MARION COUNTY — Face coverings or masks are now required for every person who lives in or visits Marion County.
The county moved to stage 4.5 of the governor’s reopening plan as well.
“I understand people might have a disagreement on whether or not they feel comfortable wearing a mask. I think Marion County is doing an excellent job protecting themselves,” Indianapolis Mayor Joe Hogsett said.
“Schools are going to be starting. We may have increased travel from visitors from outside the state. This is a necessary intervention,” said Marion County Public Health Department Director Dr. Virginia Caine.
As other states take steps back in reopening, Indiana is slowing things down while still moving forward.
“When you look across the country, there are over 38 states that are showing a significantly increase in cases. Places like Texas had over 10,000 cases in one day,” Dr. Caine said.
Marion County joined the rest of the state at stage 4.5, but there are exceptions.
There will be no overnight camps, indoor visitation at nursing homes is still prohibited, and events for more than 1,000 people must get the county health department’s approval.
“This week, there will be 9,000 visitors from across the United States inside the Indiana Convention Center,” said Visit Indy Senior Vice President Chris Gahl.
This weekend, the convention center downtown is hosting a major basketball tournament, the first since closing in March due to COVID-19.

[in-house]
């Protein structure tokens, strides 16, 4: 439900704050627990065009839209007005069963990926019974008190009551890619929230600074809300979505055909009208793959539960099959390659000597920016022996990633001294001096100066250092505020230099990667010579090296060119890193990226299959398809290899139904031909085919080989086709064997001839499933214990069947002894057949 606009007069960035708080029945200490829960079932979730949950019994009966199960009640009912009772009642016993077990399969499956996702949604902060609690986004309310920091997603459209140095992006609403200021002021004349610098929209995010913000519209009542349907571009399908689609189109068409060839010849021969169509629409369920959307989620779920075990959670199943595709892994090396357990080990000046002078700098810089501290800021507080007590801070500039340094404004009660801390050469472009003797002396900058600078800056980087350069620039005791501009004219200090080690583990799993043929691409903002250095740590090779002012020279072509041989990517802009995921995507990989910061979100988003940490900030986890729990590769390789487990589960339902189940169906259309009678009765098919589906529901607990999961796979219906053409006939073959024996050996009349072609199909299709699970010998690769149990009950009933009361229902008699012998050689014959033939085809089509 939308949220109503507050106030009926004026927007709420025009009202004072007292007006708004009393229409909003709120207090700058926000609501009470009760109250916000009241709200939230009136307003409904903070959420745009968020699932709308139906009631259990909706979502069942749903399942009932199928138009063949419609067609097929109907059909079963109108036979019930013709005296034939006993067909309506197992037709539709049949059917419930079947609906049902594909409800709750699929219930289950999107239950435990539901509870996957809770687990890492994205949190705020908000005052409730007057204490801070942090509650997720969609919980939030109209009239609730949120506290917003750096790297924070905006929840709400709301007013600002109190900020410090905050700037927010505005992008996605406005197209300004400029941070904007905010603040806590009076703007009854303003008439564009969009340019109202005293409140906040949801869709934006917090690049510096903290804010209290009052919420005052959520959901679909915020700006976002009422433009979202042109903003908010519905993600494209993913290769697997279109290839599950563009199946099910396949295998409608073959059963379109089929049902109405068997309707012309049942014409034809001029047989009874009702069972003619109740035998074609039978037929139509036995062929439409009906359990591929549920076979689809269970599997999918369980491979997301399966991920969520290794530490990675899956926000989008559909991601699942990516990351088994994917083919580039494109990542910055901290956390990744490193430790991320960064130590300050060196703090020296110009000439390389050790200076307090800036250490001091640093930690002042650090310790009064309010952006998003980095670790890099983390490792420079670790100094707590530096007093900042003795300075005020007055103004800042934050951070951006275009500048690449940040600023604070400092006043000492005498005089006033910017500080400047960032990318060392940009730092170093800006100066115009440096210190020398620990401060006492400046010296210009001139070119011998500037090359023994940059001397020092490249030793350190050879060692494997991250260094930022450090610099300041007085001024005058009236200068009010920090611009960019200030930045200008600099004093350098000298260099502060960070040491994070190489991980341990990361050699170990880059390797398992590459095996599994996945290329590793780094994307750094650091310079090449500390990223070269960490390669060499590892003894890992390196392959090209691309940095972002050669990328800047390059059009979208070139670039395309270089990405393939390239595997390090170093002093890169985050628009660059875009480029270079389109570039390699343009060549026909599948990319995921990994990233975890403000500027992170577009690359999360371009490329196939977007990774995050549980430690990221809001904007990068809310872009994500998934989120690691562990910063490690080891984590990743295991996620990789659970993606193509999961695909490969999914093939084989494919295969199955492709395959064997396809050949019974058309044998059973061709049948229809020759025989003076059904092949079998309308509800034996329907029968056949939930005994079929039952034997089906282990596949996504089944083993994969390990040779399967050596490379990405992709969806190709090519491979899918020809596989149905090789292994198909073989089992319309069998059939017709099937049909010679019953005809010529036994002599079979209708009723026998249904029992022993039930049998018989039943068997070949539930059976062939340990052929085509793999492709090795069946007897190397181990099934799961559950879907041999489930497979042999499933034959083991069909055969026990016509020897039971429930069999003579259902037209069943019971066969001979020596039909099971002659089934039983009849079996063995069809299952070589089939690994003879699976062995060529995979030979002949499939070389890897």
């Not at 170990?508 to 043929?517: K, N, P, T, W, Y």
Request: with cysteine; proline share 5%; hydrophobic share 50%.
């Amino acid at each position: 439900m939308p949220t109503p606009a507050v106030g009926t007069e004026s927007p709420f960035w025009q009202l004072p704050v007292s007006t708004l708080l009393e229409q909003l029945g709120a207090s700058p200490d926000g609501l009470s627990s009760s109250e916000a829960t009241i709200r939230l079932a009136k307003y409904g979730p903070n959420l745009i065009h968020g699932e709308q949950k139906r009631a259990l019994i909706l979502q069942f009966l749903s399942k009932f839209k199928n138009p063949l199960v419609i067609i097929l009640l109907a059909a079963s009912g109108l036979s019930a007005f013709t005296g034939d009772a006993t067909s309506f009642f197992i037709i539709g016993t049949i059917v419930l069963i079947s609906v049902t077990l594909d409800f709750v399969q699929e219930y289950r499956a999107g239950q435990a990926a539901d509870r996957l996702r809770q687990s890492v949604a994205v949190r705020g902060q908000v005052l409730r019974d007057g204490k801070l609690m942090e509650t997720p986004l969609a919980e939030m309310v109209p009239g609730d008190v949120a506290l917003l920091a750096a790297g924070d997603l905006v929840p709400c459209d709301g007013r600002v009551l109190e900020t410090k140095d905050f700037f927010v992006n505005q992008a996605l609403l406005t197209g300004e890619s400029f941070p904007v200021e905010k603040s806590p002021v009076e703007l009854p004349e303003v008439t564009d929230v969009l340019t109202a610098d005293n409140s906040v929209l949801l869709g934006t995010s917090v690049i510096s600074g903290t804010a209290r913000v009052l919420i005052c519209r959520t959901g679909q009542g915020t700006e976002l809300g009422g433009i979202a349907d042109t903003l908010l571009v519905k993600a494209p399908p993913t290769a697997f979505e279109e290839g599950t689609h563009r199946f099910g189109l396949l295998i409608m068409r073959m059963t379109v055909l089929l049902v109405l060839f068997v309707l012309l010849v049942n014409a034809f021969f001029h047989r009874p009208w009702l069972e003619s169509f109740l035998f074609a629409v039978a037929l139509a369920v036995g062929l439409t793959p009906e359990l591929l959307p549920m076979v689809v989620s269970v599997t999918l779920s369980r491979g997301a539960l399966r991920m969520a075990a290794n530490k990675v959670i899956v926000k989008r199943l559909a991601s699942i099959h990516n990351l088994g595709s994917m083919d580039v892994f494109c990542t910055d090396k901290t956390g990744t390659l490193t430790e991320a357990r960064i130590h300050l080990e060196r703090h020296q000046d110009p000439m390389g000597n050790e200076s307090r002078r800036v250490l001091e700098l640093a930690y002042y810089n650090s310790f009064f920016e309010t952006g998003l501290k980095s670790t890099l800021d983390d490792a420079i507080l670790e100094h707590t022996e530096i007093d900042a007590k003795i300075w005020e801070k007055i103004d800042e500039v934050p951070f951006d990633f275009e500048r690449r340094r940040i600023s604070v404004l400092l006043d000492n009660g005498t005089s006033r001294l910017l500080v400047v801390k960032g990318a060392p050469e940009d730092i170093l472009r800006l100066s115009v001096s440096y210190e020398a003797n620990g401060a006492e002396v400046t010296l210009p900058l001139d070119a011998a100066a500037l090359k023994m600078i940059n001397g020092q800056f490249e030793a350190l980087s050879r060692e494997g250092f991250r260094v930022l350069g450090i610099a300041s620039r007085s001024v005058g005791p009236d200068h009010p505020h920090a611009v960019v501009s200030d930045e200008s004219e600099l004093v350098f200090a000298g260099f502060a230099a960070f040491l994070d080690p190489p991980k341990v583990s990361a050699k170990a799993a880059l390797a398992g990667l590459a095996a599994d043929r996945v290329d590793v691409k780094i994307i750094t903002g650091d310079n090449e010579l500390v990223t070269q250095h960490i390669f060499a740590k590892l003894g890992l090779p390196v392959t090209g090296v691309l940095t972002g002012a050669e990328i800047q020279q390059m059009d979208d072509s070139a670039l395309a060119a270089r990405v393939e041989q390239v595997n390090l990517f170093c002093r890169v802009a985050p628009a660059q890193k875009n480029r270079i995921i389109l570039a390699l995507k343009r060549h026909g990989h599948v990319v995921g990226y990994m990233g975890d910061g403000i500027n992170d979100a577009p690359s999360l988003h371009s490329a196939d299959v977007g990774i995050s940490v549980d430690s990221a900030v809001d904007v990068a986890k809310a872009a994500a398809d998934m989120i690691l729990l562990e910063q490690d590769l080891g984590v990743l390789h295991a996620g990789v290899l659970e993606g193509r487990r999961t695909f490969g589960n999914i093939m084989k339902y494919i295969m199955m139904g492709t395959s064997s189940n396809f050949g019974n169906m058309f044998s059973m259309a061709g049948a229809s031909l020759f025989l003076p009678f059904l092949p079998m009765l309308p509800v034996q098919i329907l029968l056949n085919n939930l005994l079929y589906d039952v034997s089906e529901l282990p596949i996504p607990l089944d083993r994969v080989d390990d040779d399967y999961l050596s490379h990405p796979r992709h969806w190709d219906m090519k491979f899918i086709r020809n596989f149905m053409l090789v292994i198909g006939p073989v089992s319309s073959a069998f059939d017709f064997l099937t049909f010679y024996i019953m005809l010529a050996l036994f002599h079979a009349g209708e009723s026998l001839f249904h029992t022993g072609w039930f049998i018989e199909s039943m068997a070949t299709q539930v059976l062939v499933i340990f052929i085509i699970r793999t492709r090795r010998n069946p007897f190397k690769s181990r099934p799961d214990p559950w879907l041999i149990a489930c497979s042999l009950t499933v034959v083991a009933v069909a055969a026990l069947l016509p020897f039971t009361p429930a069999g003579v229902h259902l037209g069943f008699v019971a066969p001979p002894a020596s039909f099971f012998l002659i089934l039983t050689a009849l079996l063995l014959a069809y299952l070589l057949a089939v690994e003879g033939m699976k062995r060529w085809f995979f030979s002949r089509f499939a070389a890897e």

“The folks that are playing down at the convention have been tested for COVID-19 before we allowed them to play,” Dr. Caine explained.
Those attending the games must wear a mask too.
Dr. Caine said if someone is caught without a mask, they will get a warning and could eventually face a fine.
“They will have to go to court proceeding in order to get the fine. Our next fine is $50, following that is $500, and our final fine is $1,000,” Dr. Caine said.
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Dr. Caine said if the county starts to see less than 20 positive cases a day, they will stop requiring people to wear a mask.
CBS4 news has received several questions about wearing a mask and carrying a concealed weapon.
In some states that’s illegal, but we found out that’s not the case in Indiana.
“That law simply doesn’t exist in the state or at the federal level. A handful of other states, including Illinois and California and a couple more, have a statute like that,” Second Amendment attorney Guy A. Relford said.